Thursday, August 29, 2013

Romans Close to Hadrian's Wall


What do they have in common?  The Romans built them, lived in them, moved away and left them.  They are each in a different state of research, discovery and reconstruction.  They are each unique and interesting. We visited all of them.

The section of Hadrian's Wall at Birdoswald is in the best condition.

Birdoswald was a farm with several buildings built from the wall's stones.
Chesters Fort looking across the river to the old bridge supports built by the Romans. The bridge is gone but the supports remain.

The Baths at Chesters Fort were large and very elaborate.

Raised floors for underfloor heating  in the Prefect's house at Chesters Fort.

Model of Housestead when the Romans were there.  They are fairly sure how it looked, as all forts were built along the same plans and architectural style.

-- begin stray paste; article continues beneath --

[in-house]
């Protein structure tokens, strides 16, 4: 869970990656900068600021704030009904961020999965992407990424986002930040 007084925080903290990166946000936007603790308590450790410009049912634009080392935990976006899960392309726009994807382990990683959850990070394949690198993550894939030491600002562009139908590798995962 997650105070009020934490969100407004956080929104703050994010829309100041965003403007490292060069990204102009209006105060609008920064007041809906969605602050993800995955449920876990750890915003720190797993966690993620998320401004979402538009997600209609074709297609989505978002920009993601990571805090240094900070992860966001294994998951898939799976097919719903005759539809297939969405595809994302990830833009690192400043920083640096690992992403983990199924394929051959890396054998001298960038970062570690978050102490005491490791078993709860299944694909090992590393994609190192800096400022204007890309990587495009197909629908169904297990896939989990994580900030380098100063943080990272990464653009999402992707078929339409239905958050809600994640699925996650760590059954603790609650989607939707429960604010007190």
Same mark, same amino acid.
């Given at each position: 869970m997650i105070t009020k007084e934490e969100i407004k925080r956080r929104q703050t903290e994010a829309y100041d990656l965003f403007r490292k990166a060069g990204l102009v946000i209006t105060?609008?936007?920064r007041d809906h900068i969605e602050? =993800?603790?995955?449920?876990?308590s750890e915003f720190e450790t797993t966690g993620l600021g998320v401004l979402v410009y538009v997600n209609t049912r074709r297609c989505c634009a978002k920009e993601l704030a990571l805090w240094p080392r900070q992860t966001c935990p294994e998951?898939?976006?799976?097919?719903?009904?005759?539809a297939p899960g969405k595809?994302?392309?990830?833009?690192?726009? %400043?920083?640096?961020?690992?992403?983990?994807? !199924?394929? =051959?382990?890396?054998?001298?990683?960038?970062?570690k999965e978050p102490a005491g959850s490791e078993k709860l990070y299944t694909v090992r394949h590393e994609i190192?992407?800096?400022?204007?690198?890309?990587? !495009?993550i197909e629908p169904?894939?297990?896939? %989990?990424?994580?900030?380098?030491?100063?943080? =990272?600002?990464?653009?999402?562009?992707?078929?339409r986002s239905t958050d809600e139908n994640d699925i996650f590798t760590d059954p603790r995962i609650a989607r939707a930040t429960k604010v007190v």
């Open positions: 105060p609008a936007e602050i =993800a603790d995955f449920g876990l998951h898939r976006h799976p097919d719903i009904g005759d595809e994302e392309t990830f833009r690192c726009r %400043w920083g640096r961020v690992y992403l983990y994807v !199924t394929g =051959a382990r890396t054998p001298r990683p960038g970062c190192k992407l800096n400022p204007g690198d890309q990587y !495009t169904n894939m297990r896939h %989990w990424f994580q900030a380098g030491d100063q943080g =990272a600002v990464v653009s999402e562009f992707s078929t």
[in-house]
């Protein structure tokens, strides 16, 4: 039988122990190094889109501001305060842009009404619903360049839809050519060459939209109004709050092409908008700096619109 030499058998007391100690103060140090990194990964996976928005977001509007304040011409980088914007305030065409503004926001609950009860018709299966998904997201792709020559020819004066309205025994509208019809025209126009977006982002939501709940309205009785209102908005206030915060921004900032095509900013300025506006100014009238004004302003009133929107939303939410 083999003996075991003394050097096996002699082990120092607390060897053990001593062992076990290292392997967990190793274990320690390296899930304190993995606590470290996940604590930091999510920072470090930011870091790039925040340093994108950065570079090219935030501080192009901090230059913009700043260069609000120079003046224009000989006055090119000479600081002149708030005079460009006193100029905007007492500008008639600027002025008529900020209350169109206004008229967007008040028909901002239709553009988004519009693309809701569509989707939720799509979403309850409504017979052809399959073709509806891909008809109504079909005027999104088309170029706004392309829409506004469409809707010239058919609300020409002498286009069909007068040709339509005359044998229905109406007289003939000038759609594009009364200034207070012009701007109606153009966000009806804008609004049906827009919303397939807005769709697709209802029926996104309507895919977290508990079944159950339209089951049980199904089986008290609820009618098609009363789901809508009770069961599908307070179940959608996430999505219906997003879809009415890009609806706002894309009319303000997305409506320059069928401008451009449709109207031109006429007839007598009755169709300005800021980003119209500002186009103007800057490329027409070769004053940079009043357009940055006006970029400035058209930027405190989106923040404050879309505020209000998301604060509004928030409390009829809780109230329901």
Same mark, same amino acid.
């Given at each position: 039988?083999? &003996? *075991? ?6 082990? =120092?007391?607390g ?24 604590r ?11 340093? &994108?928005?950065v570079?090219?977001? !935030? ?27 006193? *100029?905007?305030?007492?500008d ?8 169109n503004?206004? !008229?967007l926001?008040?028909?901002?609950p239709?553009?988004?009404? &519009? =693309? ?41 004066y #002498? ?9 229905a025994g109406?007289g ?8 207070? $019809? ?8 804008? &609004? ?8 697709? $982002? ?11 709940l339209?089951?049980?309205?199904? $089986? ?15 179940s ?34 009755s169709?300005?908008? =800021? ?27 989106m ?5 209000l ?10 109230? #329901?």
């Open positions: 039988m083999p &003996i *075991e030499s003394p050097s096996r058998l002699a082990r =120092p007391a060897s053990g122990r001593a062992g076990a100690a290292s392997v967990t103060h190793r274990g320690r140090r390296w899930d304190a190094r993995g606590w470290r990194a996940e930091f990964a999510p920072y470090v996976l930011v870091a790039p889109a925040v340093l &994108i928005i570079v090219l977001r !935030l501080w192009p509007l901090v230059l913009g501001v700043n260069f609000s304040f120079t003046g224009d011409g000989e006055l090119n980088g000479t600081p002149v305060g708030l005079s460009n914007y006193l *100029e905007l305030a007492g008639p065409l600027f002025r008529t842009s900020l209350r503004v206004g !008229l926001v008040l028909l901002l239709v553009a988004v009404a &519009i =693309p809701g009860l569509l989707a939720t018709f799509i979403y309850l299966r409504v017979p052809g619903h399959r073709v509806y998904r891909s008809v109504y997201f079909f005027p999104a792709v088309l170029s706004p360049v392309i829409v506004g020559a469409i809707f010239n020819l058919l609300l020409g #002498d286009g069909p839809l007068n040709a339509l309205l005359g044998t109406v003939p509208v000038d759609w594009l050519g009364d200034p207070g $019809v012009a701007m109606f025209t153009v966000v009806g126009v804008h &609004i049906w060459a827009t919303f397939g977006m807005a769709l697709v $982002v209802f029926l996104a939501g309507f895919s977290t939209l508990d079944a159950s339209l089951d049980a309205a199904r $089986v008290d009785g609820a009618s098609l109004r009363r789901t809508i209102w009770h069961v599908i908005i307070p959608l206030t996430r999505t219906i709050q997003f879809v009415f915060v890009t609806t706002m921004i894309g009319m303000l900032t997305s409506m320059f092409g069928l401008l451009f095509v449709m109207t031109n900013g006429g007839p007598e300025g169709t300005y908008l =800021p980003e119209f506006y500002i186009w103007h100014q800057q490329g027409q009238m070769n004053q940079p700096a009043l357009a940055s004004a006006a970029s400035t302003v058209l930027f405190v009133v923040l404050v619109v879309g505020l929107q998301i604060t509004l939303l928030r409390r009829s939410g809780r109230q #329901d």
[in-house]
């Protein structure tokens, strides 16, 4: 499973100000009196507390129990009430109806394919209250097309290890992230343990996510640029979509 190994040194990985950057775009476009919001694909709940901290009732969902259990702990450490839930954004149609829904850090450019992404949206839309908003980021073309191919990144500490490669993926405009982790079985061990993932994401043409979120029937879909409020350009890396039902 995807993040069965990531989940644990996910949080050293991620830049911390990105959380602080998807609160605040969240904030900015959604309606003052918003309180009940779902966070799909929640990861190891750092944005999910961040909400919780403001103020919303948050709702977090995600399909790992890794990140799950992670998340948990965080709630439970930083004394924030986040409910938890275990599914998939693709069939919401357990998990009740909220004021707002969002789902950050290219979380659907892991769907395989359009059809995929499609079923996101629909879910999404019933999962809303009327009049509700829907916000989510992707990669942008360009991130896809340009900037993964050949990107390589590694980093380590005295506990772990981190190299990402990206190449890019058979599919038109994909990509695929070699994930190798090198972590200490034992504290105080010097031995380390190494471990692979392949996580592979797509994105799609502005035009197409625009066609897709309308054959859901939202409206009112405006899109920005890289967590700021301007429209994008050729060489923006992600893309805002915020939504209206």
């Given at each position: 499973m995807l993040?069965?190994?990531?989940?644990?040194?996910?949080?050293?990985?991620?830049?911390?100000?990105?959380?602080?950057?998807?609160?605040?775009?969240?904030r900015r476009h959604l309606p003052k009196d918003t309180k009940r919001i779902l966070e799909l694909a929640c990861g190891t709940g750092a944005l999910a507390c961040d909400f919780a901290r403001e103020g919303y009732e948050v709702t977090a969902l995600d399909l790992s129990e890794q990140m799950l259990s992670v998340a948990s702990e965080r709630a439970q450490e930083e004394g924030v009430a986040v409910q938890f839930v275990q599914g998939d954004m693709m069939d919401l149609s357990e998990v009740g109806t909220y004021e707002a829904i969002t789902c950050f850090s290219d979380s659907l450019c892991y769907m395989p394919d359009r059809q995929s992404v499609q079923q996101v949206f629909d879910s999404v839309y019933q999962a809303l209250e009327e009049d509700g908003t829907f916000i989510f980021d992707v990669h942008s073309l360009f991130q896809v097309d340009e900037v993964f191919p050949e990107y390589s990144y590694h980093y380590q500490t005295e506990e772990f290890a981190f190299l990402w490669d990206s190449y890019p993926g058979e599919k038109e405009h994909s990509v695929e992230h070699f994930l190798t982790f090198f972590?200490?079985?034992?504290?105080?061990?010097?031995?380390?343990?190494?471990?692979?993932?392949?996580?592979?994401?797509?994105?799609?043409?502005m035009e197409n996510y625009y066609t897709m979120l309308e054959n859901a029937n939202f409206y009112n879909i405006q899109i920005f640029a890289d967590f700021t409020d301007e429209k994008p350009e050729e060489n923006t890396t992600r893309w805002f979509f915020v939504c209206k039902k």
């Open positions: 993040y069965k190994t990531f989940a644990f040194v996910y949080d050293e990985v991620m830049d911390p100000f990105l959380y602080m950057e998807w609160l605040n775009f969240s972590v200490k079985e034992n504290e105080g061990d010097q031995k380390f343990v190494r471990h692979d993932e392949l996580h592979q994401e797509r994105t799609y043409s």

A collection of objects found at Housestead.

Housestead today, this is the granary where enough stores for the entire garrison for 6 months were kept.
A young Roman fighting his way though Vindolanda!  He was quite dramatic, even "impaling" himself on his sword, followed by lying very still while dead.

Vindolanda has been excavated and rebuilt for the past 40 years.  This year they are celebrating the 1800th anniversary!

Volunteers work every summer at Vindolanda, digging and sorting the next area.
Also not to be missed, but they didn't allow photos, the Roman Army Museum, associated with Vindolanda.  The information is superb and presented in a very fun and interesting way.  They also have models of the tools and weapons that you can pick up and play with.  Some of the weapons were incredibly heavy!

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